Producer Harold Prince says Evita is 'close to perfect'

Legendary director Harold Prince revives the fictionalised story of Argentina's Eva Peron, saying it is still relevant today

Director and producer Harold Prince remembers a day nearly 40 years ago when the Philippines' First Lady Imelda Marcos wanted to watch Evita, then a new musical opening on Broadway.

"I would have loved to have a photograph of the world's most famous 'Evita' leaving my show," says Prince, chuckling down the telephone from New York. "So I begged, borrowed and cajoled 20 tickets for her."

However, by showtime, Mrs Marcos had decided not to attend. Perhaps someone had finally told her the musical Evita was about another infamous presidency marked by the First Lady's love of haute couture and dazzling gems.

Evita, the much-loved, fictionalised story of Argentina's Eva Peron, comes to the Mastercard Theatres at Marina Bay Sands from Feb 23 to March 11.

Set in Buenos Aires between 1934 and 1952, Evita follows Eva's journey from rags to ridiculous riches. It shows how her media-savvy personality and understanding of the common man's woes made her the darling of the masses despite her lavish lifestyle.

The 40-year-old musical features hits such as Don't Cry For Me Argentina and Another Suitcase In Another Hall and is a firm favourite of troupes around the world. It was revived on Broadway in 2012 and a British tour followed in 2013 as well as last year.

This staging is a revival of the original production by Andrew Lloyd Webber and Tim Rice. It is directed by Prince, the American producer who remembers when the show was just a mixtape.


  • WHERE: Grand Theatre, Mastercard Theatres at Marina Bay Sands, 4 Bayfront Avenue

    WHEN: Feb 23 to March 11, 8pm (Tuesdays to Fridays), 2 and 8pm (Saturdays), 1 and 6pm (Sundays)

    ADMISSION: From $55 via Sistic (call 6348-5555 or go to

  • Evita in a nutshell


    Evita is based on the true story of Eva Peron, who was First Lady of Argentina from 1946 to 1952. She was born poor and moved to Buenos Aires in her teens to become an actress and radio personality. She met and married Colonel Juan Peron, who was elected Argentina's president in 1946. Eva's knack for working the crowds and her genuine engagement with the masses made the couple cult-like figures beloved by a majority of Argentinians. She was even named "Spiritual Leader of the Nation" by the Argentine Congress.

    She died of cancer at age 33 and thousands turned out for her funeral. She remains an iconic figure in her country today.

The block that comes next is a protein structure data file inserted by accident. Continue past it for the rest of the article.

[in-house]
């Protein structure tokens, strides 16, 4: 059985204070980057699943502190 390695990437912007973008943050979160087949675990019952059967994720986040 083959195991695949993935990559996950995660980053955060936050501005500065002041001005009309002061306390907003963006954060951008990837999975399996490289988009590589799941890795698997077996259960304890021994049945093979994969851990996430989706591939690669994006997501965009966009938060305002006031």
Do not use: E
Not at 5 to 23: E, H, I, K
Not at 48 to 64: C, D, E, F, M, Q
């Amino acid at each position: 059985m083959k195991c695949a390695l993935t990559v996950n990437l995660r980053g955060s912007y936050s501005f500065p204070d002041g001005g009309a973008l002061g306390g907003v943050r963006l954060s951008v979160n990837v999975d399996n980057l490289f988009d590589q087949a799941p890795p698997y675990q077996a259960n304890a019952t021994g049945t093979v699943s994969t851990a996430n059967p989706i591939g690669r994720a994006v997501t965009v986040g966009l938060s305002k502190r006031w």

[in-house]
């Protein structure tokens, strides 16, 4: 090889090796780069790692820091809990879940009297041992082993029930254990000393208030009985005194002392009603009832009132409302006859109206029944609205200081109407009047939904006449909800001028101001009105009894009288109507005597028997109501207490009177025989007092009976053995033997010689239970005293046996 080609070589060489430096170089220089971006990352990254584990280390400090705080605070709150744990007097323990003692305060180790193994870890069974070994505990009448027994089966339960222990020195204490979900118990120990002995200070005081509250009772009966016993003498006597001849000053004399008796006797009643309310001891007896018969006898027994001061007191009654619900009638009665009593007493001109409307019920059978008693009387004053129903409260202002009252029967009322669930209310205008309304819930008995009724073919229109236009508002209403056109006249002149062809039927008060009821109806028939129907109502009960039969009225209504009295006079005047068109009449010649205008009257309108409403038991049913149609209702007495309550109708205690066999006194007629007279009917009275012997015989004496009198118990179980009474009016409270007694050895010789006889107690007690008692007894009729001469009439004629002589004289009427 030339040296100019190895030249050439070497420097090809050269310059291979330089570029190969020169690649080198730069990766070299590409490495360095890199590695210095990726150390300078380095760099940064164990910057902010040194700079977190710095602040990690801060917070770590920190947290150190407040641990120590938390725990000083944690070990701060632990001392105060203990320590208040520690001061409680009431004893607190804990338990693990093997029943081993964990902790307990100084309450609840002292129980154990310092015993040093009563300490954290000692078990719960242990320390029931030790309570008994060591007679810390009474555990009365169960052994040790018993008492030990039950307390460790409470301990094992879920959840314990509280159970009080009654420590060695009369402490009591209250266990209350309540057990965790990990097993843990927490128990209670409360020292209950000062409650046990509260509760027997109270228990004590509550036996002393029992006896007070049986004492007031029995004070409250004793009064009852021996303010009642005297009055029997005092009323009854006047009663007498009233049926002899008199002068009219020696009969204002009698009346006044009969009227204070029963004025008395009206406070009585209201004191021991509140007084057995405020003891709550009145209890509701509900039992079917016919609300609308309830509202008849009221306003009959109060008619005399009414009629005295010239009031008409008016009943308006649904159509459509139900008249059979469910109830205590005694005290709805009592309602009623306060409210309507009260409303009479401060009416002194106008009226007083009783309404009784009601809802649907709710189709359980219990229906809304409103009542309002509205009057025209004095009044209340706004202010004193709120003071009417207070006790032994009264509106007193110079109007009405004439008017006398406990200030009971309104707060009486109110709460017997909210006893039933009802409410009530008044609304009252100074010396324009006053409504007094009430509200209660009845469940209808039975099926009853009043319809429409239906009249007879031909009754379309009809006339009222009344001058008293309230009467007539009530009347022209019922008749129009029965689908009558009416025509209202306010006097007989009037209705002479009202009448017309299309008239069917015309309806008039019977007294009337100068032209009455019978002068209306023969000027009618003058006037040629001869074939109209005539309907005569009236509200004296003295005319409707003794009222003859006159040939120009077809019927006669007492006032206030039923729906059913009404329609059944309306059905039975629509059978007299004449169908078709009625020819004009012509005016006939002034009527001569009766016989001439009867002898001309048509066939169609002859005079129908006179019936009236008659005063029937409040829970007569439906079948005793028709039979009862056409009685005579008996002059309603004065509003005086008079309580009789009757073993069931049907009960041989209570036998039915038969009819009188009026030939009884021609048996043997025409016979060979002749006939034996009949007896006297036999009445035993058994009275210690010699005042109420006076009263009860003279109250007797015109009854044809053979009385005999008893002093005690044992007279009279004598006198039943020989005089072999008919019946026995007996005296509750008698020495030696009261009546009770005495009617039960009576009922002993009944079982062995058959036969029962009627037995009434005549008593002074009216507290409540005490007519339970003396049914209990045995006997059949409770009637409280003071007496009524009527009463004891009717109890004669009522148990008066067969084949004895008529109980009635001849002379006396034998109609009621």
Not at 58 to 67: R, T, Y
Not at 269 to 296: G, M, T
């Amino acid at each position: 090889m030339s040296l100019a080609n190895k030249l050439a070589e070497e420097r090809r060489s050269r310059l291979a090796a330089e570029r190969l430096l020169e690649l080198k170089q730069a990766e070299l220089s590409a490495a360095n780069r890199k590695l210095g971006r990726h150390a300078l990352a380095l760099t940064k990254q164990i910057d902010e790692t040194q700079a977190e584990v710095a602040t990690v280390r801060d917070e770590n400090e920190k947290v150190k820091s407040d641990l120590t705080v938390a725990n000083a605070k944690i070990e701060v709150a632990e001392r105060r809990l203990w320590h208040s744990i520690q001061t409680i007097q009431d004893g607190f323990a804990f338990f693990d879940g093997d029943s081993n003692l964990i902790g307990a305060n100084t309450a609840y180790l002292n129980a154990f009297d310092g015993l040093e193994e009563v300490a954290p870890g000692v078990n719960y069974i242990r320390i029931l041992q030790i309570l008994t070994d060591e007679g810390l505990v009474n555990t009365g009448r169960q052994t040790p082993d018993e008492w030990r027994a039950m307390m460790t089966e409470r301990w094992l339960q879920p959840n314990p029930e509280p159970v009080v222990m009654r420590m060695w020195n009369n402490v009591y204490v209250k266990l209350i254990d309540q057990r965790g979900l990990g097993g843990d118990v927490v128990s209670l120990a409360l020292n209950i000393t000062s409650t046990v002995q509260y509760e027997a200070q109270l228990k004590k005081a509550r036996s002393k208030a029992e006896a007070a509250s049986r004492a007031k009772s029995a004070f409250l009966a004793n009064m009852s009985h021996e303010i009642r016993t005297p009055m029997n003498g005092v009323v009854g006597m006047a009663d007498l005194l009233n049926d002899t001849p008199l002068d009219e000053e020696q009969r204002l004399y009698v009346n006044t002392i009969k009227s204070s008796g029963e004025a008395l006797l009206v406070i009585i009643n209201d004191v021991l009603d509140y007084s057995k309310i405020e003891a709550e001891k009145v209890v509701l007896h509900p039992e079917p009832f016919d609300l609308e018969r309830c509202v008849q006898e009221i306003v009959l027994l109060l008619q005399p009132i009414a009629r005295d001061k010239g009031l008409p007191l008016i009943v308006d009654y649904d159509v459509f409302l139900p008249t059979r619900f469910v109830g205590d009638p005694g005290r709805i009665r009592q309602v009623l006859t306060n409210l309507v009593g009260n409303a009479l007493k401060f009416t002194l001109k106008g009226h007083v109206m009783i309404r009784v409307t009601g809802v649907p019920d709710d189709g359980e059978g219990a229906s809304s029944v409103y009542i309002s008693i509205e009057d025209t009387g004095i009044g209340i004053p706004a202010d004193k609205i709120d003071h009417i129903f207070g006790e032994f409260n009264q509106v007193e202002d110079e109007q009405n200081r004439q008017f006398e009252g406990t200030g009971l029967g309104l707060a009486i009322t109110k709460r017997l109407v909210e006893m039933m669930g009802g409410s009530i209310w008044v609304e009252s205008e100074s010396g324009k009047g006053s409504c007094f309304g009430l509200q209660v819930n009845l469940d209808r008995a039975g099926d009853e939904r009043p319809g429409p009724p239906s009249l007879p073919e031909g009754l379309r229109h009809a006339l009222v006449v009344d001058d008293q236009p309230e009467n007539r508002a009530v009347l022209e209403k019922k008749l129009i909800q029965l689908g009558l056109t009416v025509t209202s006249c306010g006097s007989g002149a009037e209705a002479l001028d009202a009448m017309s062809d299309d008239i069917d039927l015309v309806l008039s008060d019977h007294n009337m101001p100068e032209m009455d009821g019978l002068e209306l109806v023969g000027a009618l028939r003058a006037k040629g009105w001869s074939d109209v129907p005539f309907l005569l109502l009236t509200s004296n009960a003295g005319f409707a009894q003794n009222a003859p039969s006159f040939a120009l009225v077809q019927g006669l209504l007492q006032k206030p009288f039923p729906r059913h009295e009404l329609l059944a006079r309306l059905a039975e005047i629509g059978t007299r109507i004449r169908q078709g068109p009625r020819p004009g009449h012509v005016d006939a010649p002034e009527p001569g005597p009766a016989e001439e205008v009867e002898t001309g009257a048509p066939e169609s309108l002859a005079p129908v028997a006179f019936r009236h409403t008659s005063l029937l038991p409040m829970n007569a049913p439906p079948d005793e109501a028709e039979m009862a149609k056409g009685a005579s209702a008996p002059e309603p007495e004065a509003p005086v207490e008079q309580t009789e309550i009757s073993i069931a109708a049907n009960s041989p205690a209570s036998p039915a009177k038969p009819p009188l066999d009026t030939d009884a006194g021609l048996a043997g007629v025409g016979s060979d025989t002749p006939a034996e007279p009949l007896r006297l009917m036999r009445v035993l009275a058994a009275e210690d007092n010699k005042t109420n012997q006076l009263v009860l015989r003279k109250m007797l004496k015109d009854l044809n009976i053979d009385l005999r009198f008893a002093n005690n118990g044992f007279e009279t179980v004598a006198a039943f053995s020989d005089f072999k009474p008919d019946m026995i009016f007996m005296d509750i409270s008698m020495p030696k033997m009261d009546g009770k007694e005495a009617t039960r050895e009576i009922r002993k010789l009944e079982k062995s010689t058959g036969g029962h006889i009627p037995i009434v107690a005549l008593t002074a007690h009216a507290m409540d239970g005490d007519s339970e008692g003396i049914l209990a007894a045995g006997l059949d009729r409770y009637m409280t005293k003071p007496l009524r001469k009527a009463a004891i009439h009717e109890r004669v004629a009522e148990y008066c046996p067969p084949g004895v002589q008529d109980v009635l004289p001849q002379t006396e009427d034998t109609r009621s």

Evita was first a concept album of songs created by Andrew Lloyd Webber and Tim Rice in 1976. Lloyd Webber sent the album to Harold Prince, who directed the first staging two years later.

    Evita opened in London's West End at the Prince Edward Theatre in 1978 and ran for eight years and more than 3,000 performances.

    It made the career of actress Elaine Paige, then a relative unknown. She was picked to play Evita when the concept album's star declined the role. She won an Olivier Award for best performance in a musical and Evita itself won best new musical.

    The Broadway show opened in 1979, starring Patti LuPone and Mandy Patinkin. It played more than 1,500 performances and won seven Tony Awards, including for best musical, best score (Lloyd Webber and Rice) and best director (Prince).

    In 1996, a film version was made starring Madonna as Eva, Jonathan Pryce as Peron and Antonio Banderas as Che Guevara. It won an Oscar for best original song - You Must Love Me, a new Lloyd Webber-Rice creation for the film - and three Golden Globe awards, including for best song and best motion picture, musical or comedy.


    Prince famously said the biggest challenge in staging Evita was "putting 200,000 people on stage", showing the massive turnout at the First Lady's state funeral and the huge impact she had on her country. The cast numbers 29, many of whom play multiple roles.

    Lights, flashbulbs and the media circus are key elements of the musical. The lighting rig weighs five tonnes, with more than 115 fixtures in the stage floor alone. The sound system has more than 80 loudspeakers. The musical needs 900 costumes, 12 set changes and the entire production is shipped in 10 containers.

Prince, who turns 90 at the end of this month, has enjoyed a six-decade career directing and producing classic musical hits such as The Phantom Of The Opera with Lloyd Webber; Fiddler On The Roof (by Jerry Bock and Sheldon Harnick); and Sweeney Todd and West Side Story with Stephen Sondheim.

Sondheim was the best man at Prince's wedding to his wife of 55 years, Judy Chaplin. They have a daughter, who is also a director, and a son, who is a music conductor.

Prince is still hard at work in theatre, saying he feels half his age and putting his energy down to good genes. "I don't exercise much," he says with a laugh.